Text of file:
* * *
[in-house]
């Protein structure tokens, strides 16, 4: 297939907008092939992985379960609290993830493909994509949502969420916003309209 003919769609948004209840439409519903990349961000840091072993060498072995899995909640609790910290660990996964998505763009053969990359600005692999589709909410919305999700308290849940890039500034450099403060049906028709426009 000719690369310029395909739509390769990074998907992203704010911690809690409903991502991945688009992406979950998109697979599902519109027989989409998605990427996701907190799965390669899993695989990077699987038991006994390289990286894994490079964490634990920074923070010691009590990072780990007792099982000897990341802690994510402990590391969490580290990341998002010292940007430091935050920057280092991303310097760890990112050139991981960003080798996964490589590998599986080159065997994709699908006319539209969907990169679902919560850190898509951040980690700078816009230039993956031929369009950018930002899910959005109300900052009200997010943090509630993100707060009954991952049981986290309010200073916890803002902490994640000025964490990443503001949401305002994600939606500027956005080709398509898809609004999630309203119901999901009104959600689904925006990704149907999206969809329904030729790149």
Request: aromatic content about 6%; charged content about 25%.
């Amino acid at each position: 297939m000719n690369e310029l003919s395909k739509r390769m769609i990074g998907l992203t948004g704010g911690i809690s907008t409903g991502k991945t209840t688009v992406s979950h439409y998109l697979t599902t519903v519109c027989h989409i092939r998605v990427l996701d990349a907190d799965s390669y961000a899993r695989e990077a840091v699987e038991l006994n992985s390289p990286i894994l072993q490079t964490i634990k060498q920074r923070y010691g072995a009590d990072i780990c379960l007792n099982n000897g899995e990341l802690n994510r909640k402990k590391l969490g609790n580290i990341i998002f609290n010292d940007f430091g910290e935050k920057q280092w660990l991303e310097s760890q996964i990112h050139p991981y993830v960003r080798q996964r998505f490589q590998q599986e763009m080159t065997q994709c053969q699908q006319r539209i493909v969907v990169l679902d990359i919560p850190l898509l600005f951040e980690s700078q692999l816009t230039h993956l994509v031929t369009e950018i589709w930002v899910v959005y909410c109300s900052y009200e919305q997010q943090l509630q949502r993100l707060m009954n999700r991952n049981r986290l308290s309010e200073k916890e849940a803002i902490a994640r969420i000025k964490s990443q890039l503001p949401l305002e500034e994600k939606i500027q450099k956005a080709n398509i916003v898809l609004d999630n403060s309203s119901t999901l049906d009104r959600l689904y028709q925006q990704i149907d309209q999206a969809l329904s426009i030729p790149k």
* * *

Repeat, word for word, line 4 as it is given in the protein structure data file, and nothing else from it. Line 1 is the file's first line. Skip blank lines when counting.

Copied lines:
């Amino acid at each position: 297939m000719n690369e310029l003919s395909k739509r390769m769609i990074g998907l992203t948004g704010g911690i809690s907008t409903g991502k991945t209840t688009v992406s979950h439409y998109l697979t599902t519903v519109c027989h989409i092939r998605v990427l996701d990349a907190d799965s390669y961000a899993r695989e990077a840091v699987e038991l006994n992985s390289p990286i894994l072993q490079t964490i634990k060498q920074r923070y010691g072995a009590d990072i780990c379960l007792n099982n000897g899995e990341l802690n994510r909640k402990k590391l969490g609790n580290i990341i998002f609290n010292d940007f430091g910290e935050k920057q280092w660990l991303e310097s760890q996964i990112h050139p991981y993830v960003r080798q996964r998505f490589q590998q599986e763009m080159t065997q994709c053969q699908q006319r539209i493909v969907v990169l679902d990359i919560p850190l898509l600005f951040e980690s700078q692999l816009t230039h993956l994509v031929t369009e950018i589709w930002v899910v959005y909410c109300s900052y009200e919305q997010q943090l509630q949502r993100l707060m009954n999700r991952n049981r986290l308290s309010e200073k916890e849940a803002i902490a994640r969420i000025k964490s990443q890039l503001p949401l305002e500034e994600k939606i500027q450099k956005a080709n398509i916003v898809l609004d999630n403060s309203s119901t999901l049906d009104r959600l689904y028709q925006q990704i149907d309209q999206a969809l329904s426009i030729p790149k």